Sunday evening I chose relaxation (and a magazine) over preparation and was punished for it just 12 hours later when a holler roared over the streaming shower water as an alert that we hadn’t completed the school papers that were due that day.
Suddenly everything was abruptly propelled into action as I scrambled out and threw on clothes before offering an apologetic sigh to the tired image in the mirror. There was no time to blow dry or conceal. I didn’t rise early and do the things I aspire to do like jog or stretch. And I didn’t do the things I have to do like pack lunches and complete the papers.
The papers weren’t for anything big, just book orders and field trips. But it’s this little stuff that’s big stuff when you’re a kid and, therefore, becomes part of the very big job of parenthood. And it’s in this role that I was feeling increasingly defeated recently.
I hurried downstairs — to the papers, backpacks and breakfast. With few groceries and no time to preheat the oven, innovation was key.
I chose to broil frozen chicken nuggets for a fast, if not nutritious, meal. When I looked away then back, the nuggets were on fire! Another domestic defeat. I couldn’t even heat up frozen chicken nuggets…and for breakfast.
Smoke filled the kitchen, and the alarm sounded as nuggets were tossed into the sink. Two of the kids cried, but the oldest was obliviously enthralled with a book. When he finally noticed the emergency, I tried to hide my exasperation that he’s seemingly always lost in his own world.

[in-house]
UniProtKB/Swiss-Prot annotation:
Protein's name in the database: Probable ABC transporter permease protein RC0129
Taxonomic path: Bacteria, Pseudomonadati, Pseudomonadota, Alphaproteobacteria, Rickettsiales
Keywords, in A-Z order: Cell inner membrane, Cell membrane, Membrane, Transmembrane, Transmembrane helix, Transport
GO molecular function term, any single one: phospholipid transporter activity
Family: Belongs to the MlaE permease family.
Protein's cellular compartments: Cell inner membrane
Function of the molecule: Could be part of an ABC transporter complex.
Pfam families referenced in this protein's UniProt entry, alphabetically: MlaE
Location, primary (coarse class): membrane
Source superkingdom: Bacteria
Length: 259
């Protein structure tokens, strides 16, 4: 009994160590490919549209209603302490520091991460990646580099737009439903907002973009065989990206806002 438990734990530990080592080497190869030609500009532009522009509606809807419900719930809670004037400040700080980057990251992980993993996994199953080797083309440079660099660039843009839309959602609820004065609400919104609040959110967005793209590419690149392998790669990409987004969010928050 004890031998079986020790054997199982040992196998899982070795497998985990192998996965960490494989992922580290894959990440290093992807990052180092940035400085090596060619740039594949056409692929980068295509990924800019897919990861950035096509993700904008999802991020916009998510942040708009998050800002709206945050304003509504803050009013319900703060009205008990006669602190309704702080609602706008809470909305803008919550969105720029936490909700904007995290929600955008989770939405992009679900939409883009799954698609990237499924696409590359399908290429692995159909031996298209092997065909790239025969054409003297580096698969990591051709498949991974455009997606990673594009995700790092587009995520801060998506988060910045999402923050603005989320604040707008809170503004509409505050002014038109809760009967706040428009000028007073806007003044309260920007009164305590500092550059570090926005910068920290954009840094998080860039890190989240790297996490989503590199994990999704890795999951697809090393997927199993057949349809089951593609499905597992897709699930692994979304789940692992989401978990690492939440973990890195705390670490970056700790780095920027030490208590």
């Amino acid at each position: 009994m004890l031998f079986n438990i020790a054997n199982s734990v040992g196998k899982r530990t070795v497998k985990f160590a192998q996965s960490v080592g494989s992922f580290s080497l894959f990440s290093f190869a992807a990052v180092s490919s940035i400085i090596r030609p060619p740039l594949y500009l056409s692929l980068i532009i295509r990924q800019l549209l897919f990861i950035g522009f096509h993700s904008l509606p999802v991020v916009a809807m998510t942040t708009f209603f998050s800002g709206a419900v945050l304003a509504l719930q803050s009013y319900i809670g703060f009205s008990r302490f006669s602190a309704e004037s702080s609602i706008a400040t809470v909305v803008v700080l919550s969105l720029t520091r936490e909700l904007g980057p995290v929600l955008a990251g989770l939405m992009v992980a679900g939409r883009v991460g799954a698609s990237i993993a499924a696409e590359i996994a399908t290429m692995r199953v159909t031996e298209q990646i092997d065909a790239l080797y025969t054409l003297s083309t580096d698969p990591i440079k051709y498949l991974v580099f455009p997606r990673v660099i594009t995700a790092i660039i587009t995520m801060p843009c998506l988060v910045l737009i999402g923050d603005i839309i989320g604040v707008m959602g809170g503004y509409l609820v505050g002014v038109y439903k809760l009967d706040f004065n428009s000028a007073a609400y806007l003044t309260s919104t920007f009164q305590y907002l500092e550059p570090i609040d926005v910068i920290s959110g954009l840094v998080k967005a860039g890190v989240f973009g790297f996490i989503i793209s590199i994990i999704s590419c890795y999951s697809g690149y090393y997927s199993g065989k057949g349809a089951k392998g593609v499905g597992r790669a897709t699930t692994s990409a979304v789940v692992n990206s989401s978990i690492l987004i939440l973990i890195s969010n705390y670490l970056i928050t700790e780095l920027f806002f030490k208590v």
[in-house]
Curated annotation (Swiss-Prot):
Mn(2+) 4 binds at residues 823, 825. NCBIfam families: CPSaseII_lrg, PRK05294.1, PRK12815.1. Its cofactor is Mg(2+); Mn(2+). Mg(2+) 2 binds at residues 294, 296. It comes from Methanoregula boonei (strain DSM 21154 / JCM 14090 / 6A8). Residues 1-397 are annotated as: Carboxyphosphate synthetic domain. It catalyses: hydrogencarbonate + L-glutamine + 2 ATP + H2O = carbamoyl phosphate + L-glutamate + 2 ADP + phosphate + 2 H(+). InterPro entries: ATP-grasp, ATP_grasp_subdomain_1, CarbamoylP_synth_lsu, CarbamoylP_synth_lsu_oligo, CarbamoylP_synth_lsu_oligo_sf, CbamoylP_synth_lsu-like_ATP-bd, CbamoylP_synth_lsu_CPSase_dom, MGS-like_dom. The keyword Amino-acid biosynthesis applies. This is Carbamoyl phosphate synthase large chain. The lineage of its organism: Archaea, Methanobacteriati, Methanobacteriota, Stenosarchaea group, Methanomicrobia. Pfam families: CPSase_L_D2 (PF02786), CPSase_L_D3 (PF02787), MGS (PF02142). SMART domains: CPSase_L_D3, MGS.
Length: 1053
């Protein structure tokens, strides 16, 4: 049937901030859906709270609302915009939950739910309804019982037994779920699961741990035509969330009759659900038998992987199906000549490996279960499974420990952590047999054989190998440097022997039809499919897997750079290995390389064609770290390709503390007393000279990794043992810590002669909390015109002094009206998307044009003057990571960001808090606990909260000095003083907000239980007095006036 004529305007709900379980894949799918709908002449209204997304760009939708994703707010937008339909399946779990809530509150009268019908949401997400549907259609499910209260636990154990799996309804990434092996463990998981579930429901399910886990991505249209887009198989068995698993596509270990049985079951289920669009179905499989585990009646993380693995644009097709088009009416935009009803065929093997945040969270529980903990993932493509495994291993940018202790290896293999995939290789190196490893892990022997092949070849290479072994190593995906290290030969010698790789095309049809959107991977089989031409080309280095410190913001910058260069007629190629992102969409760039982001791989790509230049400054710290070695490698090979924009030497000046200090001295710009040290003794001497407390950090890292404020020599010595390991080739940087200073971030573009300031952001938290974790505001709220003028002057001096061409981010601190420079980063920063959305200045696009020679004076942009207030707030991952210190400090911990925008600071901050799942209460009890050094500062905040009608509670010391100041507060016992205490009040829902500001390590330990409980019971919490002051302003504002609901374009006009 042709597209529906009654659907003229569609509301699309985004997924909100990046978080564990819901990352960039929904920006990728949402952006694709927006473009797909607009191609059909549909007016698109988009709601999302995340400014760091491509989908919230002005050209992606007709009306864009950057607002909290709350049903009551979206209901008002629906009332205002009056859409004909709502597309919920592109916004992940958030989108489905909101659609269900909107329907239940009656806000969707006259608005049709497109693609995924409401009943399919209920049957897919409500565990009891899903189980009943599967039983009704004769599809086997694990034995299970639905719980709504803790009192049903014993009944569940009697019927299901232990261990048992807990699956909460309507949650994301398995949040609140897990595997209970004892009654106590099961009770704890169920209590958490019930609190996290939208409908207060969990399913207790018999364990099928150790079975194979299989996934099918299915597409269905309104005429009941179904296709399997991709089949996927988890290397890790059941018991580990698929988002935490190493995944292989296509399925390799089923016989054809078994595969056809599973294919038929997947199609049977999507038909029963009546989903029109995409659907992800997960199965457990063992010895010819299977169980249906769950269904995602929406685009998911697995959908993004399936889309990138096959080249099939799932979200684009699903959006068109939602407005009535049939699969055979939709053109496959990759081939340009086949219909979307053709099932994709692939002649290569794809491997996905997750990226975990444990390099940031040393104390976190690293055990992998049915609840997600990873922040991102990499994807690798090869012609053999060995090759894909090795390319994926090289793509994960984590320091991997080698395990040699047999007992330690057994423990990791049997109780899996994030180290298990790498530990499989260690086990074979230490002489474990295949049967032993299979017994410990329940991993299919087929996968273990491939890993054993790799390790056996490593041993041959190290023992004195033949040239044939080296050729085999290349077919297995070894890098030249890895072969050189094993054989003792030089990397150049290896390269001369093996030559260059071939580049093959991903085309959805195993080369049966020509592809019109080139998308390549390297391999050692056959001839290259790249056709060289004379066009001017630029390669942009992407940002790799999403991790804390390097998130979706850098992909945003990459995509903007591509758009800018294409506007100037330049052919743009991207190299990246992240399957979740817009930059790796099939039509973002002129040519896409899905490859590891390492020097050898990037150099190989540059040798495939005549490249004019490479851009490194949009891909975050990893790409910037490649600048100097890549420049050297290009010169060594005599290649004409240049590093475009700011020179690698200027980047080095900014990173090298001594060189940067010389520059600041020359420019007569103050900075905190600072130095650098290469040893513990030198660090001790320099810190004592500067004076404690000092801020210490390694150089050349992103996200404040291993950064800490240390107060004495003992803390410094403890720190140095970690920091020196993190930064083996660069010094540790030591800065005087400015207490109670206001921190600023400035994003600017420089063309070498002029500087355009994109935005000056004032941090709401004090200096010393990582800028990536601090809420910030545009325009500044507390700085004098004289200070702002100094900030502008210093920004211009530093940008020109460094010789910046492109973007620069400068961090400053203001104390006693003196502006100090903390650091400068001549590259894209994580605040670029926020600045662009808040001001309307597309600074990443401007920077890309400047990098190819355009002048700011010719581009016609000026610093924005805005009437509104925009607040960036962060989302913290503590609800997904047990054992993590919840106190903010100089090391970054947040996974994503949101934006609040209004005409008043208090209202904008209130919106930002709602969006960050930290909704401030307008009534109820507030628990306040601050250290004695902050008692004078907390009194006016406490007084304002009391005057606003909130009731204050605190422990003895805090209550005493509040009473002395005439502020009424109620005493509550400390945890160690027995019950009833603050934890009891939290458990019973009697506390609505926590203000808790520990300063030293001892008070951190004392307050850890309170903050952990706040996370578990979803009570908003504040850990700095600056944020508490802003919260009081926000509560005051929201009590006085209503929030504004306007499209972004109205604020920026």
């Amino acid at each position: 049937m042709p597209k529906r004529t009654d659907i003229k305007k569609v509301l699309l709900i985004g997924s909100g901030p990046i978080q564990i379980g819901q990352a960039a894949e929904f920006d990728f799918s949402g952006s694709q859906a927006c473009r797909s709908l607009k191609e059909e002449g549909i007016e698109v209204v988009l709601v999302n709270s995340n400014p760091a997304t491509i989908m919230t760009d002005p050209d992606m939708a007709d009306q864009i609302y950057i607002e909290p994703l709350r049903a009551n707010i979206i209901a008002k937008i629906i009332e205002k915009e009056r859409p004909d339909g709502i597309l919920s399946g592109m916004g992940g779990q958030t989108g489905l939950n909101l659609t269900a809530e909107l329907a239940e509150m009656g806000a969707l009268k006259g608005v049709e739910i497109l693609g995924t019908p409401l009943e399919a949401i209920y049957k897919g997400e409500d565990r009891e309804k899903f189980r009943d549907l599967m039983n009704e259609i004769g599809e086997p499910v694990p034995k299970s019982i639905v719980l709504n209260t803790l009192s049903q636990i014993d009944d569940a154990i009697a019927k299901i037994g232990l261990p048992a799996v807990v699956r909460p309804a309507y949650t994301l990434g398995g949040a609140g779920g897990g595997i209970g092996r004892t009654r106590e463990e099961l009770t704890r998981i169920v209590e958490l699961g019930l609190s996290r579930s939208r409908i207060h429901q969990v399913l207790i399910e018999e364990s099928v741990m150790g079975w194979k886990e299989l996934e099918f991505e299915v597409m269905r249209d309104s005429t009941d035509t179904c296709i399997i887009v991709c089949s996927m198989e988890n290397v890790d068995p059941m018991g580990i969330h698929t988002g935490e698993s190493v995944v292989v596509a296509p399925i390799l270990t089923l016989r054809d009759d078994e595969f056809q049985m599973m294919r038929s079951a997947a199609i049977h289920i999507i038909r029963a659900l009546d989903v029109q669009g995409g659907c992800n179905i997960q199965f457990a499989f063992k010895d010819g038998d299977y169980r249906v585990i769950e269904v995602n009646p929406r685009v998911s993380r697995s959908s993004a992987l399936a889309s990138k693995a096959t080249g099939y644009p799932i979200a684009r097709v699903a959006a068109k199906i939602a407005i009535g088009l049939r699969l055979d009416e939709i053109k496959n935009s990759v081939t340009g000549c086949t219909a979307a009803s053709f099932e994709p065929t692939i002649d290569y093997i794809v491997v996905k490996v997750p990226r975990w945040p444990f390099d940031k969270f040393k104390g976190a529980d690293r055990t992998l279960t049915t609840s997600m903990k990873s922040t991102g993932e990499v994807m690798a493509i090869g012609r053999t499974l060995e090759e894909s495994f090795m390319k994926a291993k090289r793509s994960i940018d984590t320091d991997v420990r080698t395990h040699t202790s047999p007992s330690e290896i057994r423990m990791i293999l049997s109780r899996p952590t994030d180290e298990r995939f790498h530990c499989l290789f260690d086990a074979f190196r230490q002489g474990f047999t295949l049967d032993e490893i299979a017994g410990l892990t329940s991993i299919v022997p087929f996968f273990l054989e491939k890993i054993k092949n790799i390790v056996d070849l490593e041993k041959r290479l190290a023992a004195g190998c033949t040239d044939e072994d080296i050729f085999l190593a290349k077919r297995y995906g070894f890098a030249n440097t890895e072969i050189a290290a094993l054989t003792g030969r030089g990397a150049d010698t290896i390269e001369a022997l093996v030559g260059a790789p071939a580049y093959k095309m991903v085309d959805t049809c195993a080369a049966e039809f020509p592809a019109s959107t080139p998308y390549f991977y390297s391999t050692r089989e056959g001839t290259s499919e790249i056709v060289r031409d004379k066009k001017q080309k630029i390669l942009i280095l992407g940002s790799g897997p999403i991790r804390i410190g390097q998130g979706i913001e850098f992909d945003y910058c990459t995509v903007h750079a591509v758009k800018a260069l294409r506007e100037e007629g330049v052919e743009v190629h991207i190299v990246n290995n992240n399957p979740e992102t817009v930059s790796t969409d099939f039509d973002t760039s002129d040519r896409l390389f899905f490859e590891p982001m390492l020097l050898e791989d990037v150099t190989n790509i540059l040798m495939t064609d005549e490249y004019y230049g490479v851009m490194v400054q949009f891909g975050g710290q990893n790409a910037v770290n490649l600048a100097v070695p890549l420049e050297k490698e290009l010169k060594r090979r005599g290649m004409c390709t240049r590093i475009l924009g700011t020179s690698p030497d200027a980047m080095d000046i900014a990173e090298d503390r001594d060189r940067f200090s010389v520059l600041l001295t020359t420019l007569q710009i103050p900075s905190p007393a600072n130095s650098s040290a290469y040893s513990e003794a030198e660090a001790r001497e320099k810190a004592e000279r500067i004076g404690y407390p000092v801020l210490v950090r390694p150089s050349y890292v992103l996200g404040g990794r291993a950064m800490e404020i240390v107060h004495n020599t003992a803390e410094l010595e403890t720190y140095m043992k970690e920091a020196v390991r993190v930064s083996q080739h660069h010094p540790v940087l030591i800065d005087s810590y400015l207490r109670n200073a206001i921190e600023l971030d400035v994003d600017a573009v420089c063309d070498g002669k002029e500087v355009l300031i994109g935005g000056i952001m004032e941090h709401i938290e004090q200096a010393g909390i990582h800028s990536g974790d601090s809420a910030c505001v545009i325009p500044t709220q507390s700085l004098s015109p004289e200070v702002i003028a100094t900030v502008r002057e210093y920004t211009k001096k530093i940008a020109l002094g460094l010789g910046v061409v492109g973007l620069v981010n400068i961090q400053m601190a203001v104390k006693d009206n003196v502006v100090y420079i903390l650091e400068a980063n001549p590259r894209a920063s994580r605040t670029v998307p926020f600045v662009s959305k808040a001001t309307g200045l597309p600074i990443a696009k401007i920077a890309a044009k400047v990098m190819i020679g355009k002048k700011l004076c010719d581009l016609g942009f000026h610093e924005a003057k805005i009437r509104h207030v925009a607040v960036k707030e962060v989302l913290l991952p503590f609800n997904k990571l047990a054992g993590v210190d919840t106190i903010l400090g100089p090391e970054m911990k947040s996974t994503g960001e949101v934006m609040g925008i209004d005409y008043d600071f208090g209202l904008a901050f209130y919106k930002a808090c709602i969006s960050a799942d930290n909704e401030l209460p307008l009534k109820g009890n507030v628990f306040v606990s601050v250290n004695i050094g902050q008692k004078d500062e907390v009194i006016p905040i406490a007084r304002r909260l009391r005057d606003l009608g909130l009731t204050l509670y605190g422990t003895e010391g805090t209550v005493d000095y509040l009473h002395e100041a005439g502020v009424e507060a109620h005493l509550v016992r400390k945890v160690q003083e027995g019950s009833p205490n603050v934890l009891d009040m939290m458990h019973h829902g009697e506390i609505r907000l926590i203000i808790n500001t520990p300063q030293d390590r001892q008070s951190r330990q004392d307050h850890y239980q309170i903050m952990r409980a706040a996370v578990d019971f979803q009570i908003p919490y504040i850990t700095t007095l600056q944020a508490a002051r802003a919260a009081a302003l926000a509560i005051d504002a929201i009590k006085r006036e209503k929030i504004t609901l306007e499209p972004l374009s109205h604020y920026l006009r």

Hurrying, I nudged him to the door and he made a clumsy move to avoid stepping on a beam of sunlight entering from a window. Through the smoke, the beam made floating dust flakes sparkle before landing on the spot on the floor that he had just stepped over. “That’s beautiful,” he remarked, as his youngest sister skipped into the sunbeam and twirled with arms in the air.
In that moment, domestic defeat was replaced with parental pride as I was reminded that if this was what being lost in your own world feels like, then perhaps we all need to get lost once in a while. Because instead of smoke lingering at our ceiling, I focused on the illuminated and smiling faces of my oldest and youngest children.
These radiating bookends of my motherhood were drawn to the light, seeing straight through the everyday little stuff and right into the big beautiful stuff. They knew how to soak up the sunshine and dance in a ray of light!
— Carissa Kapcar
Carissa Kapcar is a writer and happy, grateful, sometimes funny and often times tired mother of four (three living) who shuttles a minivan around the Chicago suburbs and clings to just enough irreverence to stay sane. Once upon a time she graduated from Miami University and worked in advertising on the East coast. These days she can be found in the school car pool line or blogging at Carissak.com or the Huffington Post where she shares “stories that reveal gratitude in the mess of everyday life.” Her work also has been featured on LeanIn.org and is a part of the book Return To Zero.